It is designed to activate a patient’s own immune system to target six different tumor-associated antigens, or proteins, found on glioblastoma cancer cells.
How ICT-107 works
ICT-107 consists of a patient’s own dendritic cells (DCs), specialized immune system cells, which are pulsed with six synthetic peptides found on glioblastoma tumor cells.
Such DCs that produce tumor-associated antigens, when administered back to the patient’s body, can stimulate the immune system — and particularly a type of immune cell called cytotoxic (cell-killing) T-cells — to attack the cancer cells.
The six tumor-associated antigens are absent in melanoma 2 (AIM-2), melanoma-associated antigen 1 (MAGE-1), tyrosinase-related protein 2 (TRP-2), glycoprotein 100 (gp100), epidermal growth factor receptor 2 (HER-2), and interleukin-13 receptor subunit alpha-2 (IL-13Ra2).
ICT-107 in clinical trials
A Phase 1 trial evaluated the safety and immunogenicity (ability to trigger an immune response) of ICT-107 in 21 patients. The vaccine was administered three times at two-week intervals. Results showed that treatment correlated with better survival in patients whose tumors were known to express at least three of the antigens contained within ICT-107.
A randomized, double-blind, placebo-controlled Phase 2 study (NCT01280552) evaluated the safety and efficacy of ICT-107 in newly diagnosed patients with GBM following surgery and chemoradiation. A total of 124 patients were treated at 25 trial sites across the U.S. The study did not show an overall survival benefit, but did show two to three months progression-free survival that was statistically significant compared with patients treated with DCs that were not pulsed with antigens.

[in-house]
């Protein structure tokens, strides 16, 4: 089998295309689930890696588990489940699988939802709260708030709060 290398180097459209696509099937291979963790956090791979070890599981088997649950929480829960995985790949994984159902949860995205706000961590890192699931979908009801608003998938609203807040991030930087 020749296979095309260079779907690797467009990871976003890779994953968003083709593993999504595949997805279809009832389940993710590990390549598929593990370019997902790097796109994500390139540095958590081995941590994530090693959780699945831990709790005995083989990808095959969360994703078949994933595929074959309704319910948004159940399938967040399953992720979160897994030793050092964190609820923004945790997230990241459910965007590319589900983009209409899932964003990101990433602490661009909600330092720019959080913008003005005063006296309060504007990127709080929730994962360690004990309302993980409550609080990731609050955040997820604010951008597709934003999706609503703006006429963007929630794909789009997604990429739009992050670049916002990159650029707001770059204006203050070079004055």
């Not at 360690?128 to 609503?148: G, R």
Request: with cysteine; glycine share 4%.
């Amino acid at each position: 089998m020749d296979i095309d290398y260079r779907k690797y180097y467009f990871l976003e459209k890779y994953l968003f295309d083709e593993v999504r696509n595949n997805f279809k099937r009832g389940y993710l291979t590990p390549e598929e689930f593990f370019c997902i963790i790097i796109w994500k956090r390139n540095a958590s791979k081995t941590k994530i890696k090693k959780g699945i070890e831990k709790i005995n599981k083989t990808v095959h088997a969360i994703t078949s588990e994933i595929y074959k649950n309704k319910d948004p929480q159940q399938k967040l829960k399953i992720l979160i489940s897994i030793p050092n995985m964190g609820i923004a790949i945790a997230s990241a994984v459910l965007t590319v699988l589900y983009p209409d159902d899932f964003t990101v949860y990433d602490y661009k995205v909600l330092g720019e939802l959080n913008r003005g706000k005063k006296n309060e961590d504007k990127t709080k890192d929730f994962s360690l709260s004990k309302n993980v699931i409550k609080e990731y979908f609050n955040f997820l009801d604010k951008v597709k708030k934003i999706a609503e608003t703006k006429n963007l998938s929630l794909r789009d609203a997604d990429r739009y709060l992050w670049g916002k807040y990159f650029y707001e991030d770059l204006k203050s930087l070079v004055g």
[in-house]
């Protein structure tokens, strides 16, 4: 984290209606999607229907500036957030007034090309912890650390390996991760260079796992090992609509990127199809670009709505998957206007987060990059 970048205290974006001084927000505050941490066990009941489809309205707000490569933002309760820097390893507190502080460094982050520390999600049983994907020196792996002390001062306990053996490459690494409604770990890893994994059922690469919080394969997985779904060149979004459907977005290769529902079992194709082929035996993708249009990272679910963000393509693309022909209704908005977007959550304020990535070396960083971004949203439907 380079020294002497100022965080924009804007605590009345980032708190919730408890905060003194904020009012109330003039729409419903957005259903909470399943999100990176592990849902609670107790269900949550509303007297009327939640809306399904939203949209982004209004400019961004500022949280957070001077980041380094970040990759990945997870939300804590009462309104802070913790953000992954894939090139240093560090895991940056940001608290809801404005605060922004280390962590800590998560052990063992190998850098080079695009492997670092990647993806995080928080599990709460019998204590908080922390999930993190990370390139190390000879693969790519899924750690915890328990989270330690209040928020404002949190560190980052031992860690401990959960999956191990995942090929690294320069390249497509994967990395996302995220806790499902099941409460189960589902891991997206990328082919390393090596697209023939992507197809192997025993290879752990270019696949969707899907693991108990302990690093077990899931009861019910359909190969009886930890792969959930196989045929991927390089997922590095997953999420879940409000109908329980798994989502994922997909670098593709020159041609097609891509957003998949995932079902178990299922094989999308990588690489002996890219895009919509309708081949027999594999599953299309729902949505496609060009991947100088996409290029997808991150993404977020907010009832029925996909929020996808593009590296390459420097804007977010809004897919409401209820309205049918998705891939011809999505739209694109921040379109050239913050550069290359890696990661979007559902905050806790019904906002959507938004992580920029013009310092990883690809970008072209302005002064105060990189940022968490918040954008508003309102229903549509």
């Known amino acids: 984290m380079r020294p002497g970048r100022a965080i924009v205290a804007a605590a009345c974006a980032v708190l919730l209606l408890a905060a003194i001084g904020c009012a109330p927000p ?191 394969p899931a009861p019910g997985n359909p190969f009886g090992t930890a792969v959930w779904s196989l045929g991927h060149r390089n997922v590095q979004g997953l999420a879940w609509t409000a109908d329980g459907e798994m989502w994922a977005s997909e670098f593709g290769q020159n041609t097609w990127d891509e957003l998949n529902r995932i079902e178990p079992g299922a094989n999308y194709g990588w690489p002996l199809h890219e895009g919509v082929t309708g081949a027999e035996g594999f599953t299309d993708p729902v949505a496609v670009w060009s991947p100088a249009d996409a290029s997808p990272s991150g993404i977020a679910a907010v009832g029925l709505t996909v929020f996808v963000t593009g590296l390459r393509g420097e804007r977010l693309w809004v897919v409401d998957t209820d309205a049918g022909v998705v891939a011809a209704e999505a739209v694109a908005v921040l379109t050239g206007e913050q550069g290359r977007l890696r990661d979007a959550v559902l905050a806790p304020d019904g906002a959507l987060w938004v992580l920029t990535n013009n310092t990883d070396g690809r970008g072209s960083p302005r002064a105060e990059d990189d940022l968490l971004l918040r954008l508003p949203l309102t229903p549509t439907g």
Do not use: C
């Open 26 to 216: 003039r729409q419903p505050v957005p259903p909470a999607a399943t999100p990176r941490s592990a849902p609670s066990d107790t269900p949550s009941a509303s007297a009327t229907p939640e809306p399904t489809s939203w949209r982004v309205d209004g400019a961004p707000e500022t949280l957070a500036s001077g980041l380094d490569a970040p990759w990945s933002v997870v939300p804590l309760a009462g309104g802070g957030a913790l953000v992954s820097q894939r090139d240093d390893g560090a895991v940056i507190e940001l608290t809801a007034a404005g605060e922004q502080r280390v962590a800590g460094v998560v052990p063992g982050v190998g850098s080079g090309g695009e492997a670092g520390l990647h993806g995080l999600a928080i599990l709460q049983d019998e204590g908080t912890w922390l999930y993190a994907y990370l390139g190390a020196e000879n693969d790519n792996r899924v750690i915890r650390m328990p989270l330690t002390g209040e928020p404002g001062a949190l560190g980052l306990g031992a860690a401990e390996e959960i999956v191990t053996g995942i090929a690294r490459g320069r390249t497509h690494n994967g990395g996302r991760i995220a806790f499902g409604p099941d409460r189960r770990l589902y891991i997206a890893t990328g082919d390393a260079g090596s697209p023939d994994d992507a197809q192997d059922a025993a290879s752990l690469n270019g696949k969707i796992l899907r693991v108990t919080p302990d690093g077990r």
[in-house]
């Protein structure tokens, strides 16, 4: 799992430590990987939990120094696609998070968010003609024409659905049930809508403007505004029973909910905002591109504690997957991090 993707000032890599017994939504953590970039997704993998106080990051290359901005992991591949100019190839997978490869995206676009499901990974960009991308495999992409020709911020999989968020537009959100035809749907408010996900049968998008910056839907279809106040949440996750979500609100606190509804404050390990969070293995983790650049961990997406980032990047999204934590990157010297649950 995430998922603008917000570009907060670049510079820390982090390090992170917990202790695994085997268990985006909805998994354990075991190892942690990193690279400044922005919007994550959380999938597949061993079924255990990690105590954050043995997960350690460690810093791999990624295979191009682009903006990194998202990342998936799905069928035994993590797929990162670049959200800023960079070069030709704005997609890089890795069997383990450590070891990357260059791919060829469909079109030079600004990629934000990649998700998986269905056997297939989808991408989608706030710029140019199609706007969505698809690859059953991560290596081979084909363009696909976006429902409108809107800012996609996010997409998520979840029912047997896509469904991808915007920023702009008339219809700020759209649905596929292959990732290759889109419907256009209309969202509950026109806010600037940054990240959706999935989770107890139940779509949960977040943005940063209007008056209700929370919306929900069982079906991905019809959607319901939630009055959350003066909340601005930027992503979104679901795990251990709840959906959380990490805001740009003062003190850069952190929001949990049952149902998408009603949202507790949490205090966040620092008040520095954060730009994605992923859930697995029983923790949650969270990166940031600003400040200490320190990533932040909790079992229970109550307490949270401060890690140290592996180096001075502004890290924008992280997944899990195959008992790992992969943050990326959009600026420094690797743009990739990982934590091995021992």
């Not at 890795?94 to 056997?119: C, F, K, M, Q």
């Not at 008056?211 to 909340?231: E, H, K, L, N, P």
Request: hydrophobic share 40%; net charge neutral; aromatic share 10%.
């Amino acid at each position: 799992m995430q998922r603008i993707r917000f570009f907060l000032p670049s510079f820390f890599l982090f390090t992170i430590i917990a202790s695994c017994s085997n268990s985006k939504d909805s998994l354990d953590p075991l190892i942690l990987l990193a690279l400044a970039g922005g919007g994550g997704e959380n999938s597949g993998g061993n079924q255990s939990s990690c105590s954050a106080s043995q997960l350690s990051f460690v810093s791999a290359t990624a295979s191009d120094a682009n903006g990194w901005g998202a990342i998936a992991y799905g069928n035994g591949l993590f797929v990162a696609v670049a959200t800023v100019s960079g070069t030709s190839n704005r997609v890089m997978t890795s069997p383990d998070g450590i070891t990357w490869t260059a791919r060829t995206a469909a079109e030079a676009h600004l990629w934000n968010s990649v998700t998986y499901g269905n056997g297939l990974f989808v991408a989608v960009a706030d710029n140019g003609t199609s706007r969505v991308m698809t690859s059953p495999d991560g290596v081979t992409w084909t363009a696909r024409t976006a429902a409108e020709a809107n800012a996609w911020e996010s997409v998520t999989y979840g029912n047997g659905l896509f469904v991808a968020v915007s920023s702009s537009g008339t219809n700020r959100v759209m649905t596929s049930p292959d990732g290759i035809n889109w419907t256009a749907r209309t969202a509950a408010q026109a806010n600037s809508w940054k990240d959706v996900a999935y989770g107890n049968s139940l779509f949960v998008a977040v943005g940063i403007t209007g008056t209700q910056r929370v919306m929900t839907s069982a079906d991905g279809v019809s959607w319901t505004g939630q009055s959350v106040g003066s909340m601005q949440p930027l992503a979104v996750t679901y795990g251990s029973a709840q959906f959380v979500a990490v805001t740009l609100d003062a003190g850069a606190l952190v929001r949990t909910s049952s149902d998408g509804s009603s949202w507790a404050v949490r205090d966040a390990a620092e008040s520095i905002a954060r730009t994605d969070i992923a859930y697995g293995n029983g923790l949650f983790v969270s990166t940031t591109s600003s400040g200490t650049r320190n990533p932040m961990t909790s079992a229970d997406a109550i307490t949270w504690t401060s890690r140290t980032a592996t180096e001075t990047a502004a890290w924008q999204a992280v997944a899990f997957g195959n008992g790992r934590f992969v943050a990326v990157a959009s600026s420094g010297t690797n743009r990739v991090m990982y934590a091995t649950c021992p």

A Phase 3 clinical trial (NCT02546102) was started to study this vaccine in newly diagnosed GBM patients following surgery and chemoradiotherapy. Preliminary analysis showed that four of the targeted antigens were associated with prolonged survival. The randomized, double-blind, placebo-controlled trial was aiming to enroll around 400 patients, but was suspended in June 2017 because the company is unable to secure sufficient financial resources to complete it.
Immuno-Oncology News is strictly a news and information website about the disease. It does not provide medical advice, diagnosis or treatment. This content is not intended to be a substitute for professional medical advice, diagnosis, or treatment. Always seek the advice of your physician or other qualified health provider with any questions you may have regarding a medical condition. Never disregard professional medical advice or delay in seeking it because of something you have read on this website.